Commentary by Donald Rainwater
Economic growth means more jobs, goods and services are available from which everyone can benefit. As the area’s tax base increases, more tax revenue is generated to pay off debt and provide better services at a lower cost per taxpayer. This sounds really great.
Economic growth isn’t always stable. When economic growth is organic, naturally occurring without government intervention or manipulation, it is usually scalable and sustainable. However, when economic growth is artificially stimulated by government intervention and manipulation, the economy becomes dependent upon continued stimulation.
Economic growth usually results in more school-aged children and, therefore, more schools, teachers, buses, desks, chairs, etc. Economic growth also results in additional police and fire personnel, fire stations, fire trucks, police cars, housing developments, roads, stores, restaurants, etc. All of these things need either tax revenue or consumer spending to remain stable, let alone thrive.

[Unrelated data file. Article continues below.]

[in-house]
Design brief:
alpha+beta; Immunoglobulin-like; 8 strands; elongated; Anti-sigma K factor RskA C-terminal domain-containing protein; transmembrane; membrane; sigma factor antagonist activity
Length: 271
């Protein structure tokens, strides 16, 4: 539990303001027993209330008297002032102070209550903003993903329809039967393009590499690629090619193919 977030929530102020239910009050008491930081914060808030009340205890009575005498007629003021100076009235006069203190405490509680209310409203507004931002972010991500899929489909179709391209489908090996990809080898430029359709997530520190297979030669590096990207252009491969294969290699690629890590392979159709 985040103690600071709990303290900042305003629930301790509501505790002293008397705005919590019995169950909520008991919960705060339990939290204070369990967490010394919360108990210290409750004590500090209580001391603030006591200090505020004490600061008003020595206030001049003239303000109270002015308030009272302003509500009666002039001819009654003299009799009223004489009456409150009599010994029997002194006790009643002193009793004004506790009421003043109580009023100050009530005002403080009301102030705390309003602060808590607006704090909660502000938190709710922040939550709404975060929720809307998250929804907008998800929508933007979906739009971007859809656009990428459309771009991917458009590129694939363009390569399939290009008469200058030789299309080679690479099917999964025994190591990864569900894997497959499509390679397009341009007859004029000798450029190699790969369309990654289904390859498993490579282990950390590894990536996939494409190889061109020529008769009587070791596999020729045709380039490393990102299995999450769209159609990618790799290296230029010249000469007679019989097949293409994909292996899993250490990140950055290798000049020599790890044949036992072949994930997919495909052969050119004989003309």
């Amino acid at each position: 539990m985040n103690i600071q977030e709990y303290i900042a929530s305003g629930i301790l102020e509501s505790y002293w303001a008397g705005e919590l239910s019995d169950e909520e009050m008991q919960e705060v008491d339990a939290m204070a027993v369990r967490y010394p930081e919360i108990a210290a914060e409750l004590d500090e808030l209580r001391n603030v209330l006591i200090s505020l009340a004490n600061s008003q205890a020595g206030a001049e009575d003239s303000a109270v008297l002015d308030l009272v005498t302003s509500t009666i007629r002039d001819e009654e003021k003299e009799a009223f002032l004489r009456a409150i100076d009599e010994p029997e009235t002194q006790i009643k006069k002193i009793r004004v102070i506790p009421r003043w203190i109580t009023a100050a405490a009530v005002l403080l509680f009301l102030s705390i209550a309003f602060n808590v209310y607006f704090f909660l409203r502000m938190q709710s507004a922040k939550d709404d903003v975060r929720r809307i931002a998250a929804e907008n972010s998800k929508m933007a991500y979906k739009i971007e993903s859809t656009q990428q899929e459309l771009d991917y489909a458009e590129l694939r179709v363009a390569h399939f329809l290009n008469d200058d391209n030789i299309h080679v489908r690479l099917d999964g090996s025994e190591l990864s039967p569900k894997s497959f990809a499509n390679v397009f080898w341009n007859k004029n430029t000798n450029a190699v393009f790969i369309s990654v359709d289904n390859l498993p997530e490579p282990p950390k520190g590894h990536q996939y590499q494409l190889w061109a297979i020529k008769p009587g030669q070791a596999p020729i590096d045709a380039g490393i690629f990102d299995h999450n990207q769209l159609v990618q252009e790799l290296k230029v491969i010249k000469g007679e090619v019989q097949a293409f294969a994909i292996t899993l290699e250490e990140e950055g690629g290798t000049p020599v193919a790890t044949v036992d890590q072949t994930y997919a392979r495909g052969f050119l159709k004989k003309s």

What happens when an area’s economic stimulator ceases to generate the tax revenue and consumer spending, without being replenished? Economic depression is what happens. Cities, such as Kokomo and Anderson, were once economically thriving. Now, they are areas of economic devastation, due to unstable and artificially stimulated growth. They were built on a single economic stimulator: manufacturing. When the manufacturing jobs left, the economy crumbled and hasn’t recovered.
Westfield is a wonderful place to live and raise a family. However, our mayor and city council have decided to build our economy on the popularity of sports. They are artificially stimulating our economy instead of allowing it to grow organically. How long will the tax revenue and consumer spending support Grand Park and the businesses which rely on it? Other areas see the success of Grand Park and want a piece of the action. Competition is coming. What happens to Westfield when the “Grand” wears off?